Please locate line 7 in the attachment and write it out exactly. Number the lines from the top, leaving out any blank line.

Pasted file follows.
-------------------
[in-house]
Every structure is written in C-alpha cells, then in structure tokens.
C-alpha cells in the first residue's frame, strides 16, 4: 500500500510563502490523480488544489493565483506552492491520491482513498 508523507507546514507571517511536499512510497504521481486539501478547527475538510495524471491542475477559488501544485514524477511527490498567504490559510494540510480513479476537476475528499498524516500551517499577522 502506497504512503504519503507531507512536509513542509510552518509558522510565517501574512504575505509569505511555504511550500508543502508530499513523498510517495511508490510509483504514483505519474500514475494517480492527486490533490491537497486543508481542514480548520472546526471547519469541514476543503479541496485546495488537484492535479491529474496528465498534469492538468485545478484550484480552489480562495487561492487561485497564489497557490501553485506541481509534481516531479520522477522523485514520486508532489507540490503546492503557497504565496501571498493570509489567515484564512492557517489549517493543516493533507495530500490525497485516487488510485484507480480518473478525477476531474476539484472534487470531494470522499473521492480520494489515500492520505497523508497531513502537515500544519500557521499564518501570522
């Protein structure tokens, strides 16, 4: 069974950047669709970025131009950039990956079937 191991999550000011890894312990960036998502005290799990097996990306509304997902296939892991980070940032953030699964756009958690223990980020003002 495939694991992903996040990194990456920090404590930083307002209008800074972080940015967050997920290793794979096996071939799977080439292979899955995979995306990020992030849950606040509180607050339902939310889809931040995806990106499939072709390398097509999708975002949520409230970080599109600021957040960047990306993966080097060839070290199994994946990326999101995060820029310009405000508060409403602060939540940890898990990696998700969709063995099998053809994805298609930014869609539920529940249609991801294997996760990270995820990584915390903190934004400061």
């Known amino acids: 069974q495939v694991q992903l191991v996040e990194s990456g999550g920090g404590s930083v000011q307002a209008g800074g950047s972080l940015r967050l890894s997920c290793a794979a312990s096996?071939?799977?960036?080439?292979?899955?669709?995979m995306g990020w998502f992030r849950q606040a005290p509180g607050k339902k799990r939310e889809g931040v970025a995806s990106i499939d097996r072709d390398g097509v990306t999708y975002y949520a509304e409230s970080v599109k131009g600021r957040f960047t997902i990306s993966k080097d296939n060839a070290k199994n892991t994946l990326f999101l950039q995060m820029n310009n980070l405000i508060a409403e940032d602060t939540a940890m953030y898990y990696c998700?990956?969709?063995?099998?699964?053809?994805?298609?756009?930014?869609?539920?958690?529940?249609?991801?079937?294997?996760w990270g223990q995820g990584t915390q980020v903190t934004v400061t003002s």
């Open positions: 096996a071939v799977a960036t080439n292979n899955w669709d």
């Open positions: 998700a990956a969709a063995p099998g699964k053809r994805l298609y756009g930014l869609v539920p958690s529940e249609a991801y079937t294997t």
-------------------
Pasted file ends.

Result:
């Open positions: 998700a990956a969709a063995p099998g699964k053809r994805l298609y756009g930014l869609v539920p958690s529940e249609a991801y079937t294997t």